Teens and Password Sharing: Safety Risks and Advice
A study finds that one in three teens swap private access information to their online accounts with their friends. How can you help your kid stay safe?
The Internet is a wonderful tool for social networking, entertainment and research. Most teens navigate the web like pros – no help from mom or dad needed. But they may need some guidance when it comes to keeping personal information private.
As many as one-third of teens have shared a password to an online account with a friend, boyfriend or girlfriend, according to a Pew Research Center study. But while a shared password may be a sign of friendship, it also opens the door for hurt feelings when a relationship sours.
Trust – and turmoil
Teens often share their personal information to demonstrate trust and intimacy, says Krystal Kuehn, a teen counselor and co-founder of New Day Counseling in Troy.
"Giving someone this special access is like sharing a secret," she says. And sometimes it's practical, too: A teen can check her friend's messages while the friend is in class, for example. As long as the relationship is stable, both sides can benefit.
But not all relationships last forever.
"Teen relationships can sometimes be unstable and change quickly" as the result of an offense, break up or misunderstanding, Kuehn says. Unlimited access to a disfavored friend's online accounts can enable hurtful, destructive actions: A girl sends cruel messages from a former friend's Facebook account; a jealous boyfriend snoops through his girlfriend's emails looking for signs of infidelity.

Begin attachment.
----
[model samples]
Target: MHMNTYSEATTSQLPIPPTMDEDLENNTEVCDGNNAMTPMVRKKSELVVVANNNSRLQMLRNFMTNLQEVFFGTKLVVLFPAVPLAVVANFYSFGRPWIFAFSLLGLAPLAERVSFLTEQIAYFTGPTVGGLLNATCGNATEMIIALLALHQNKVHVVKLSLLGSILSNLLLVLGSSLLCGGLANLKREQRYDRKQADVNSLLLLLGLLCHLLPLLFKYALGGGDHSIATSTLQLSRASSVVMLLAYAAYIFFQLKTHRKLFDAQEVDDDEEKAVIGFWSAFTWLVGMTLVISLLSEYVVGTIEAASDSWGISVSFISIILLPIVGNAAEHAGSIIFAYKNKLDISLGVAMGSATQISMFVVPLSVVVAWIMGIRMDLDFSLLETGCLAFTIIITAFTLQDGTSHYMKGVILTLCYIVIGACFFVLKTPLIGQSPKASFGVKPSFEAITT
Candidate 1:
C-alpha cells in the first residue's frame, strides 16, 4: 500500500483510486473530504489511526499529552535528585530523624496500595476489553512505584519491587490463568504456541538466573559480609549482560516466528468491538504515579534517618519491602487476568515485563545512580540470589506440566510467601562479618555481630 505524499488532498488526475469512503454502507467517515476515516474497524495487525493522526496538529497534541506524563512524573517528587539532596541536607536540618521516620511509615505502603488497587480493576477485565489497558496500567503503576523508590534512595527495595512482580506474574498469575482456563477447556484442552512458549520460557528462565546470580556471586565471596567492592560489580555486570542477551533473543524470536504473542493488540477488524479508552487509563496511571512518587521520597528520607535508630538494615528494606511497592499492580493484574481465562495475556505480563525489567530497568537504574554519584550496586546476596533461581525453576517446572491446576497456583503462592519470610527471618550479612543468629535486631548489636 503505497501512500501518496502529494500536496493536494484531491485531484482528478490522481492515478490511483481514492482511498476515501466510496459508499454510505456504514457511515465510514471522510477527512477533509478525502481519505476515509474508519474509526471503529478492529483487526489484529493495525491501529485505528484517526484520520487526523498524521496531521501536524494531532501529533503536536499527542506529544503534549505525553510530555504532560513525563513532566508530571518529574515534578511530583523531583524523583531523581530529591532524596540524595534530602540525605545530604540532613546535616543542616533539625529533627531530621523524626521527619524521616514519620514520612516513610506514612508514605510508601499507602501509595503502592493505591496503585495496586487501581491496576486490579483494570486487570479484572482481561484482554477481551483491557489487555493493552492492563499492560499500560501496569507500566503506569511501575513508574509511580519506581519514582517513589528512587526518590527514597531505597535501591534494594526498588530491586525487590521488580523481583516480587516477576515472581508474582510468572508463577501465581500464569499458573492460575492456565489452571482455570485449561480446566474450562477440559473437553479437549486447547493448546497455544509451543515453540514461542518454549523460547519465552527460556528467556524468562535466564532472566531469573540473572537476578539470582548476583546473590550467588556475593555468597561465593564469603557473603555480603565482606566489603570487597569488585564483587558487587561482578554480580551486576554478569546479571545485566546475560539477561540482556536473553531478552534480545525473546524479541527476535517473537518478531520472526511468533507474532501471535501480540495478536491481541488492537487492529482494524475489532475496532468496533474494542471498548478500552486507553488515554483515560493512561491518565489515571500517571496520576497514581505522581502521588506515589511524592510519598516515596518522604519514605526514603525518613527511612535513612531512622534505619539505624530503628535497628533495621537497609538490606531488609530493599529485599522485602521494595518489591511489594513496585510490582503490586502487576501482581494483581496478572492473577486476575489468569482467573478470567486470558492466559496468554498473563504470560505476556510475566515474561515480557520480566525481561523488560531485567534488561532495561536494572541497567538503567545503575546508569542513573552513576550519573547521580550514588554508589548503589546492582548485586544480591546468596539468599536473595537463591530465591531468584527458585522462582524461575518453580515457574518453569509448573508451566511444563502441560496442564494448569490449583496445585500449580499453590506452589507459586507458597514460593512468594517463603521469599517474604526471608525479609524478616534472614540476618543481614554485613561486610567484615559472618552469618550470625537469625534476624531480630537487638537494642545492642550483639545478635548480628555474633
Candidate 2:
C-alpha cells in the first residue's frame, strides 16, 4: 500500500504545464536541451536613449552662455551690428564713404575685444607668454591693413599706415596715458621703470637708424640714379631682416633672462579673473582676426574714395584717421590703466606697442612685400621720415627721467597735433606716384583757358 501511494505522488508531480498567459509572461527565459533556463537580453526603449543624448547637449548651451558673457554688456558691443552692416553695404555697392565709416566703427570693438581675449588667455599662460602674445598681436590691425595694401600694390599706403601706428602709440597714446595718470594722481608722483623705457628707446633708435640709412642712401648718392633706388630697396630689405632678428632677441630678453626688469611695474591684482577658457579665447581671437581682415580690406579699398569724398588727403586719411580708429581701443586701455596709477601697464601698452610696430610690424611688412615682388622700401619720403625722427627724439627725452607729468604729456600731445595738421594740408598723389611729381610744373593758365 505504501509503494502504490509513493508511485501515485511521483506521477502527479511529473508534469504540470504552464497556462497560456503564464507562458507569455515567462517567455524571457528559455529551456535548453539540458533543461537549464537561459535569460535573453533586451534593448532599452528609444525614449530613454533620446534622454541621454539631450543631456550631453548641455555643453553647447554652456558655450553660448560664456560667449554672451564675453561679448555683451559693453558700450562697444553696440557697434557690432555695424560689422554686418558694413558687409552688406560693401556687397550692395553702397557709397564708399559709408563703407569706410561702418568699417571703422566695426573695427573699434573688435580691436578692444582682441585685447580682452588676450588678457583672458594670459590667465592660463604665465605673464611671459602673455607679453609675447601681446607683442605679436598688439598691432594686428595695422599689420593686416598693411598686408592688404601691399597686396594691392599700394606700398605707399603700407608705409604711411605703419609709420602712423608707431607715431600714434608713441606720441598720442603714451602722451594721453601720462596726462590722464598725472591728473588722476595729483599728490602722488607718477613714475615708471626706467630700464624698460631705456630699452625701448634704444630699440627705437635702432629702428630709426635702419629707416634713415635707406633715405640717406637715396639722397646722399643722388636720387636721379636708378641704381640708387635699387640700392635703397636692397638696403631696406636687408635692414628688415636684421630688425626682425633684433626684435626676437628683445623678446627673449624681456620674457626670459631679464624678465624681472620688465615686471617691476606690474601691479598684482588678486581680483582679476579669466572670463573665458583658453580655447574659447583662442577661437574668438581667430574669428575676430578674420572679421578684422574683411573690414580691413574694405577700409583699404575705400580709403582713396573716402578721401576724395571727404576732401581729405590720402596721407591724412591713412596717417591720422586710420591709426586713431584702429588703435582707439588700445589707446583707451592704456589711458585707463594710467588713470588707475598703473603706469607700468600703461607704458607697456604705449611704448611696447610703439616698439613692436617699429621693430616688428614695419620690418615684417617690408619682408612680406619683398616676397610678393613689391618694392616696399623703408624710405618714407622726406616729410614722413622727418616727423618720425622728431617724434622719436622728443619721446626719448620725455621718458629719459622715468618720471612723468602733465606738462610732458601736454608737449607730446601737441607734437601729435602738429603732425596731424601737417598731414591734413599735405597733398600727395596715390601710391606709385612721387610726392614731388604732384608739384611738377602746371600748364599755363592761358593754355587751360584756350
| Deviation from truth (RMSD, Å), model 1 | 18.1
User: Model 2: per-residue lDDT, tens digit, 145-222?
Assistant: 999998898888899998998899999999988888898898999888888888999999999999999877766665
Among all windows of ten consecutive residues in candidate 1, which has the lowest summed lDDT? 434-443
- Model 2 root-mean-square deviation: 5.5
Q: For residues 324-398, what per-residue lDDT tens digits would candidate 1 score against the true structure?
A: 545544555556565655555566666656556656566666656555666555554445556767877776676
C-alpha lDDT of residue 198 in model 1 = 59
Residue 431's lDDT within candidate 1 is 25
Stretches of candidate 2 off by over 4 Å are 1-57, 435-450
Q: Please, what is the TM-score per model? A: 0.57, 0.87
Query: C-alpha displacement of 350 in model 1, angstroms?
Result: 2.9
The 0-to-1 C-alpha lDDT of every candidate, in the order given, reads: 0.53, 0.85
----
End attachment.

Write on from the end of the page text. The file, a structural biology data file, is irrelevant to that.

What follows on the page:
How breaches happen
Detective Rich Wistocki experiences the backlash of hostile teen relationships first-hand working as an Internet crimes investigator with a western Chicago suburban police department. He also hosts seminars to teach parents how to effectively monitor their kids' Internet use and keep their kids safe online.
Although much of the online sabotage he sees is a result of teens accidentally leaking their passwords rather than deliberately sharing them, he stresses the importance of always keeping passwords private.
However, if a password is leaked – by logging into Facebook from a friend's computer that automatically saves passwords or voluntarily allowing that friend access – it leaves a teen's online accounts vulnerable.
Wistocki suggests changing all passwords regularly, even if it's only by one letter. And if someone does access your teen's online account without authorization and takes malicious action, it's better to first report it to the police, instead of the account administrator, he says. Some organizations, like Facebook, will remove the offending material, making it difficult for the police to track.
The Internet and social media can add a layer of complication to already-rocky teen relationships. It's important to discuss with your teen what he can do to stay safe online. For more information about Internet safety, check out A Parent's Guide to Online Safety from the FBI.